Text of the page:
The Whirling Flowers

The symmetrical floral composition on the dish is one of the most marked features of a number of Iznik plates of the period between 1550-1565. From a purely doctrinal viewpoint, the aesthetics of symmetry derives from the Islamic notion of cosmic balance (mizan) and the harmony of the Creation, as represented in several passages of the Qur’an:

And the heaven He raised and imposed the balance, That you not transgress within the balance. And establish weight in justice and do not make deficient the balance.
(Qur’an, Surat Ar-Raĥmān [The Beneficent], verses 5-9)

The symmetrical floral composition on The Courtauld’s Iznik dish has a remarkable dynamic movement, whereby the flowers are encircling the tulip. The rhythmic floral circles projects the Sufi ‘whirling’ dance, a hallmark of the Ottoman Mawlawıya Sufi order which was prevalent in the 16th century.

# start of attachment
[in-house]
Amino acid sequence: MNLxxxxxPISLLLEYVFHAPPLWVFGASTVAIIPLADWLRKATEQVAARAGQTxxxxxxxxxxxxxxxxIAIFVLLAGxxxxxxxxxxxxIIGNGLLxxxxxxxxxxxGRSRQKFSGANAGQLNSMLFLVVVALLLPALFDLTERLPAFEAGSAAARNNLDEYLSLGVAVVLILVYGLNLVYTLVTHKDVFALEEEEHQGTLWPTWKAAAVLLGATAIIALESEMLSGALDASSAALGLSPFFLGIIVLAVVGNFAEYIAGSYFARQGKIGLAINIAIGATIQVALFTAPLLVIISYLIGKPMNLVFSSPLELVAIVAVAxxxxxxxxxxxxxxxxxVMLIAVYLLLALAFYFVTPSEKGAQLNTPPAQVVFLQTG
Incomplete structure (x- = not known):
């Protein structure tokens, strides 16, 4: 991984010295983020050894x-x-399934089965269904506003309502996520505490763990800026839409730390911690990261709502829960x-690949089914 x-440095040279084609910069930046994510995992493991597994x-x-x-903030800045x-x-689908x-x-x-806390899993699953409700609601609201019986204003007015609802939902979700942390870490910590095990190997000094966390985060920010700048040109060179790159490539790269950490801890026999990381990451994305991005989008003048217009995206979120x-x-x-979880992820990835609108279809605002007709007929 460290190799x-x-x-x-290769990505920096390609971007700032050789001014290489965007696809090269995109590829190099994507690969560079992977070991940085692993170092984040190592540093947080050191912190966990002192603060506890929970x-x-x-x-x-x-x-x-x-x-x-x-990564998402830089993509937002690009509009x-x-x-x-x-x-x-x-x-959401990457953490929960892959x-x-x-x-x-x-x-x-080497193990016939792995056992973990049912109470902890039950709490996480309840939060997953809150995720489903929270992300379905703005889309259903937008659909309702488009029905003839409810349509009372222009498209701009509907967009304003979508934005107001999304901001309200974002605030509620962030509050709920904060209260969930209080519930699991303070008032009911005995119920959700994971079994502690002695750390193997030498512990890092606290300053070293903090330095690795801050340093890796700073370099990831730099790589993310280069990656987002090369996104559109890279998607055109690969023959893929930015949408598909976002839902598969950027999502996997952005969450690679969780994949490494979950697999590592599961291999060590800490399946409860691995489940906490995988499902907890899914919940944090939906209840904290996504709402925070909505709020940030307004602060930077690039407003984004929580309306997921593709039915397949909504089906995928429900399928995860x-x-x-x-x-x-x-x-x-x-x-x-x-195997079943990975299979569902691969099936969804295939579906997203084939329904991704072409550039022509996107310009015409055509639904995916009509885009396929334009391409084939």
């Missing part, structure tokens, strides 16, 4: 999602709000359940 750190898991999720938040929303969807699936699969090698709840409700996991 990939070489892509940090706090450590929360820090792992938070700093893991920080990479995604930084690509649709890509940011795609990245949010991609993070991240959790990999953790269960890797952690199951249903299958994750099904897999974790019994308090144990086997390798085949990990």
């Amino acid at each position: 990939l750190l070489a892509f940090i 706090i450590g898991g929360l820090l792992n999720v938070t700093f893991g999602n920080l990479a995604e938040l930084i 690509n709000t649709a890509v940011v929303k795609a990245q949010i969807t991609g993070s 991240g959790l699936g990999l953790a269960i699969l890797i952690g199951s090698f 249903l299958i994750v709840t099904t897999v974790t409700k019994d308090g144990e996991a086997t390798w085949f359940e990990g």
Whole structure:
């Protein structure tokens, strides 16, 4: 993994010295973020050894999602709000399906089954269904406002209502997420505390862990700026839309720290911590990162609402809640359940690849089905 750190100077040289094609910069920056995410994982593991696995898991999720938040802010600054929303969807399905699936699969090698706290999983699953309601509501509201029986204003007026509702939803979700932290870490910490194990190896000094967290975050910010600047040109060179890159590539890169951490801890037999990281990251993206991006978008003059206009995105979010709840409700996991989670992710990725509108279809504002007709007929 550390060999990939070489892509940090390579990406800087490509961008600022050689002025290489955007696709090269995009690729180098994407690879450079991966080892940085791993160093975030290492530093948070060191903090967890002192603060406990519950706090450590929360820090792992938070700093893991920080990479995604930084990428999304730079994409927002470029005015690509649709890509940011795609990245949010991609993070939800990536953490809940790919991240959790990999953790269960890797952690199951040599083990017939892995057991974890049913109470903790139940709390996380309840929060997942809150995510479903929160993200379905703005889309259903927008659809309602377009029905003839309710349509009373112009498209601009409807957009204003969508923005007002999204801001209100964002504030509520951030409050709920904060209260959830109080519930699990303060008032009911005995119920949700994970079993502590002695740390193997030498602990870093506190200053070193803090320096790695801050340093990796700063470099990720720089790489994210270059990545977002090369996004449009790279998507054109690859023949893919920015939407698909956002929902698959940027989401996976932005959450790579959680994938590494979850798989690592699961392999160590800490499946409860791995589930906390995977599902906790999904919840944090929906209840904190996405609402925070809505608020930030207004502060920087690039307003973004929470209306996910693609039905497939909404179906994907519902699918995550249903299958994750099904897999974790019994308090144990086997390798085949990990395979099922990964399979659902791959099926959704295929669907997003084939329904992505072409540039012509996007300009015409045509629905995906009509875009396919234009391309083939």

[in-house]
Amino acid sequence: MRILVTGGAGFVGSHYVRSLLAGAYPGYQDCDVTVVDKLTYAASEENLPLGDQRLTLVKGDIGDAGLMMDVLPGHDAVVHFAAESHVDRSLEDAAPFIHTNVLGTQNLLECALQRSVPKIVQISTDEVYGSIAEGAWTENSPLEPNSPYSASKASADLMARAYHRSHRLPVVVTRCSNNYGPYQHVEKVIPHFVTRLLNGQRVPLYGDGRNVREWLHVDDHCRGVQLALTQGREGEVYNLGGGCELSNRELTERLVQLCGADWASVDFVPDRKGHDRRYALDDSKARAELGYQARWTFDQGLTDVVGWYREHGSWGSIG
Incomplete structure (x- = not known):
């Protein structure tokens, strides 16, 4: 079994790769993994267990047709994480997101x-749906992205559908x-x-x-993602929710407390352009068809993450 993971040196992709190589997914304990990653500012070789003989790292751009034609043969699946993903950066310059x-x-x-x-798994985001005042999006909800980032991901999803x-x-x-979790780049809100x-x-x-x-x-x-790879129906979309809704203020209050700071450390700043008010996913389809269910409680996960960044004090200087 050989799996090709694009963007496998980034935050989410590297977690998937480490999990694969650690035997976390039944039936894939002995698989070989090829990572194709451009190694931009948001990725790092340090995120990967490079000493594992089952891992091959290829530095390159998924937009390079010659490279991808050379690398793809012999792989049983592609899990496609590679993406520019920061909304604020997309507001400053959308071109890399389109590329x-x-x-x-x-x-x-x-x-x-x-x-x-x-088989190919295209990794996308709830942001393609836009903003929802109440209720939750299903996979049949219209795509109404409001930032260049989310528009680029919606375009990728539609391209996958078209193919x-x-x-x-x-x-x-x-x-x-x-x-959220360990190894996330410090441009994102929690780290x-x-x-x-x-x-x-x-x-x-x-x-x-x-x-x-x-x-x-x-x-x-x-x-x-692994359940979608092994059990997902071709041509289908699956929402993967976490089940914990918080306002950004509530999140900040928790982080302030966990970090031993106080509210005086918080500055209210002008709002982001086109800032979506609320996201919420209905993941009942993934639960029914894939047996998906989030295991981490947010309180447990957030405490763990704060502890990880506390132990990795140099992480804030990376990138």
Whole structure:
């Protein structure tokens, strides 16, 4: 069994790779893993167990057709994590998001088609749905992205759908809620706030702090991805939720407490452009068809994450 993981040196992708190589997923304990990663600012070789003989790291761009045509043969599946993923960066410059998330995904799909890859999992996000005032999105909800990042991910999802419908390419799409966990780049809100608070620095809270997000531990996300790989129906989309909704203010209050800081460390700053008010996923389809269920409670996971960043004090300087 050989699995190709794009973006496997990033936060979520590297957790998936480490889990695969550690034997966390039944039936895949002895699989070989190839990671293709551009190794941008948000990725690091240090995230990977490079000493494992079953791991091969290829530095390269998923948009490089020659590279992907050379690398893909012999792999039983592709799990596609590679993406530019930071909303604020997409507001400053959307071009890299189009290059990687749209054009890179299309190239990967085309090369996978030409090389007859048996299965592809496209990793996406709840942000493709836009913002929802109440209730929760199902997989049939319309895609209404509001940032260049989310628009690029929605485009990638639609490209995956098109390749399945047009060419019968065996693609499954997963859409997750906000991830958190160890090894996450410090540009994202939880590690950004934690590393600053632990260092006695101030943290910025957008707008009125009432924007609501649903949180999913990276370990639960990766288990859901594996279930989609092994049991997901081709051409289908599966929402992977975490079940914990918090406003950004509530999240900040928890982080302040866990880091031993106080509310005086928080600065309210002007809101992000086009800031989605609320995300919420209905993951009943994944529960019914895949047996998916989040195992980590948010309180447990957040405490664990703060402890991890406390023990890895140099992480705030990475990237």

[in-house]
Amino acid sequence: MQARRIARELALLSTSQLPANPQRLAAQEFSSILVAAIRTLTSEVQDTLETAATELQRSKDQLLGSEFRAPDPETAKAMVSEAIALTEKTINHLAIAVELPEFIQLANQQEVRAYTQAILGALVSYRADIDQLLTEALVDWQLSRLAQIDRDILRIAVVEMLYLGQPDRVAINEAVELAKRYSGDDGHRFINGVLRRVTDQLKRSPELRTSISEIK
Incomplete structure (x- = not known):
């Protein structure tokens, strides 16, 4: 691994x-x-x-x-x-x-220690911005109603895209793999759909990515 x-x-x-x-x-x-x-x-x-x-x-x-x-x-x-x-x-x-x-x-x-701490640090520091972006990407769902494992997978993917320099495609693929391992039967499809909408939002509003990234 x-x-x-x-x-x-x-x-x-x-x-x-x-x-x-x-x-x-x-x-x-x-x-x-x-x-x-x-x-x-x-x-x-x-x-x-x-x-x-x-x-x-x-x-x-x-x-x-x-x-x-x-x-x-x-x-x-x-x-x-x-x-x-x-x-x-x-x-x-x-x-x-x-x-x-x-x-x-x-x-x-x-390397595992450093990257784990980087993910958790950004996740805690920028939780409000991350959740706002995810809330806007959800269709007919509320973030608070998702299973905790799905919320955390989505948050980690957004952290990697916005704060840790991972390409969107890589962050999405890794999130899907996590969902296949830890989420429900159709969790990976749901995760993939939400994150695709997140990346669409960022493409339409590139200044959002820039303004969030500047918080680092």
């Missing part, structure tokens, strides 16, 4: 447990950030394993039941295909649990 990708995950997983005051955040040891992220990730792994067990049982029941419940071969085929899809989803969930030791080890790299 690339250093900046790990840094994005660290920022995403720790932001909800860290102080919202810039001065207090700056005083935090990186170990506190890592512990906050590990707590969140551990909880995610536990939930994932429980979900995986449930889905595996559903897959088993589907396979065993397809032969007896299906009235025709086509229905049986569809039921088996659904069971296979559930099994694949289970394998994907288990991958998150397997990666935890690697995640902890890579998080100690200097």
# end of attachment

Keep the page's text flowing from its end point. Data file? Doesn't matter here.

Dish. Iznik (probably, made), Turkey, ca. 1560-80. Victoria Albert Museum, London.

It has been suggested that Iznik craftsmen were members of Sufi orders, and that Dervish lodges and saints’ mausoleums were probably centres of religious practice and sociability for many artisans.[1]

The Sufi tradition prefers orderly, symmetrical arrangements in general, and purely circular forms in particular. The circle (da’ira, halaqa) is sacred and the circular motion connects to the world of the spirit. Circles are seen as a symbolic imitation of pilgrims orbiting the Ka’aba in Mecca, and the planets orbiting the sun.

Using the methods of textual analysis, it is possible to interpret the floral composition of the dish in terms of Sufi spirituality. In this vein, the composition echoes the whirling Sufi dance, which, involves some form of circle formation with oscillating, swaying movement, around, into and out of the circle. Occasionally an individual participant will step into the middle of the circle […] and performs his whirling in the middle while the members of the host group form concentric circles around him.[2] The whirling flowers are perpetually dancing in mystical circles, ever inwards, until a deep peace may be felt to be centred upon the tulip, the symbol of divinity.

[1]  Suraiya Faroqhi, (2009). Artisans of Empire: Crafts and Craftspeople Under the Ottomans (London:I.B.Tauris & Co. Ltd).
[2] John Renard, (2009). The A to Z of Sufism. The Scarecrow Press, Inc. Plymouth, UK, p.68.

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